Map of Ethiopia showing Amhara Region
|• President||Temesgen Tiruneh|
|• Total||154,708.96 km2 (59,733.46 sq mi)|
|ISO 3166 code||ET-AM|
|HDI (2017)||0.443 |
low · 9th
Amhara Region (Ge'ez : አምሐራ, Amharic : አማራ, romanized: ʾÄmara) is one of the nine ethnic divisions of Ethiopia, containing the homeland of the Amhara people. Previously known as "Region 3", its capital is Bahir Dar. Ethiopia's largest inland body of water, Lake Tana, which is the source of the Blue Nile river, is located within Amhara. The region also contains the Semien Mountains National Park, which includes Ras Dashan, the highest point in Ethiopia. Amhara is bordered by the state of Sudan to the west and northwest, and in other directions by other regions of Ethiopia: Tigray to the north, Afar to the east, Benishangul-Gumuz to the west and southwest, and Oromia to the south.
The government of Amhara is composed of the executive branch, led by the President; the legislative branch, which comprises the State Council; and the judicial branch, which is led by the state Supreme Court.
During the Ethiopian Empire, Amhara included several provinces (such as Dembiya, Gojjam, Begemder, Angot, Wollo, Shewa and Lasta), most of which were ruled by native Ras or Negus. The Amhara Region then incorporated most of the former provinces of Begemder, Dembiya, Angot, Bete Amhara (Wollo), Gojjam and Shewa.With the rise of the so-called Solomonic Dynasty in 1270 under Emperor Yekuno Amlak (born in the Maqdalla region) and until the establishment of Gondar as the new imperial capital around 1600, the Debre-Birhan to Mekane-Selassie region was the primary seat of the roving Wolloye-Shewan emperors. This period is most significant in the formation of the medieval Ethiopian state, the spread and consolidation of Ethiopian Orthodox Christianity (following the example set by the Zagwe kings in preserving the Axumite heritage) and propagating to the core provinces (besides Tigray/Eritrea, Wolkayt, and Lasta) of Bete Amhara, Gojam, Begemdir, northern Shewa, Gafat, and Damot
The region's recorded history, in fact, goes back to the early second millennium. For example, St. George's Church in the town of Woreilu (whose Tabot is reputed to have been carried by Emperor Menelik at the Battle of Adwa) was established around 1200.
The parish of Mekane Selassie (መካነ ስላሴ), near Neded and the home of the cathedral by the same name, served as a favourite royal playground. The construction of Mekane Selassie (meaning: the abode of the Trinity) was begun by Emperor Naod (1494-1508) and completed by his son Emperor Lebna Dengel. This was a year before the church (along with a large number of monasteries in the region) was sacked and burned down in 1531 by the invasion led by Ahmad bin Ibrahim. Francisco Alvarez, who had earlier visited the church, confirms that its size was some 150 feet by 150 feet — wholly covered in gold leaf, inlaid with gems, pearls and corals
On 22 June 2019, factions of the security forces of the region attempted a coup d'état against the regional government, during which the President of the Amhara Region, Ambachew Mekonnen, was assassinated.A bodyguard siding with the nationalist factions assassinated General Se'are Mekonnen – the Chief of the General Staff of the Ethiopian National Defense Force – as well as his aide, Major General Gizae Aberra . The Prime Minister's Office accused Brigadier General Asaminew Tsige, head of the Amhara region security forces, of leading the plot , and Tsige was shot dead by police near Bahir Dar on 24 June.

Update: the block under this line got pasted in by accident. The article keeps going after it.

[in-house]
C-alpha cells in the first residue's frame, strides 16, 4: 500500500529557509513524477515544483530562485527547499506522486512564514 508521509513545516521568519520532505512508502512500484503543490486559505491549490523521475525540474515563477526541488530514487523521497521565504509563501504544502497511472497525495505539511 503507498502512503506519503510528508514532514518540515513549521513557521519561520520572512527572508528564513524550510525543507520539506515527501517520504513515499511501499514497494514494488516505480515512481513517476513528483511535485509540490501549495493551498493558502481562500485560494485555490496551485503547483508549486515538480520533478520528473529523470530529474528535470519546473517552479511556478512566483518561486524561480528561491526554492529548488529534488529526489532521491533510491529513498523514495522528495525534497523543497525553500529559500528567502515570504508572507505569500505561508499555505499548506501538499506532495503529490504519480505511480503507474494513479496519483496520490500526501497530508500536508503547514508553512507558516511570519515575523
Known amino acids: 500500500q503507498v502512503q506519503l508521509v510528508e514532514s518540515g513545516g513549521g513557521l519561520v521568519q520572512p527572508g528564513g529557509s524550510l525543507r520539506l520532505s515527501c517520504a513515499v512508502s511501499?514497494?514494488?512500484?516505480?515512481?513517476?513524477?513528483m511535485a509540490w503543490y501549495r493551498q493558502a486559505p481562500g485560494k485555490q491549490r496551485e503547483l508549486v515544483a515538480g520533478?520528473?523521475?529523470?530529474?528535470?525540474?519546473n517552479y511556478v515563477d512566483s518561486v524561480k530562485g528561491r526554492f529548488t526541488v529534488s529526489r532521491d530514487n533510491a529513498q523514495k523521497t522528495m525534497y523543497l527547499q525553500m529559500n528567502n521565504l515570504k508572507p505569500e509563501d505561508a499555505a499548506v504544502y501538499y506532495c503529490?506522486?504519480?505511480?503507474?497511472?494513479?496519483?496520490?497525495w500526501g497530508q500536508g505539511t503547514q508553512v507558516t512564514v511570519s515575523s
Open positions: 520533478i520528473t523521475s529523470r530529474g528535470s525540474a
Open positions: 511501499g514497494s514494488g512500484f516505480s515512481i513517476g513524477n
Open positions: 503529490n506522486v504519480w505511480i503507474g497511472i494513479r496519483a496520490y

Based on the 2007 census conducted by the Central Statistical Agency of Ethiopia (CSA), the Amhara Region has a population of 17,221,976. 8,641,580 were men and 8,580,396 women; urban inhabitants number 2,112,595 or 12.27% of the population. With an estimated area of 154,708.96 km2 (59,733.46 sq mi), this region has an estimated density of 108.2 people per square kilometer. For the entire Region 3, 983,768 households were counted, which results in an average for the Region of 4.3 persons to a household, with urban households having on average 3.3 and rural households 4.5 people. The projected population as of 2017 was 21,134,988.
In the previous census, conducted in 1994, the region's population was reported to be 13,834,297 of whom 6,947,546 were men and 6,886,751 women; urban inhabitants numbered 1,265,315 or 9.15% of the population.
According to the CSA, as of 2004 [update] , 28% of the total population had access to safe drinking water, of whom 19.89% were rural inhabitants and 91.8% were urban. Values for other reported common indicators of the standard of living for Amhara as of 2005 [update] include the following: 17.5% of the inhabitants fall into the lowest wealth quintile; adult literacy for men is 54% and for women 25.1%; and the Regional infant mortality rate is 94 infant deaths per 1,000 live births, which is greater than the nationwide average of 77; at least half of these deaths occurred in the infants’ first month of life.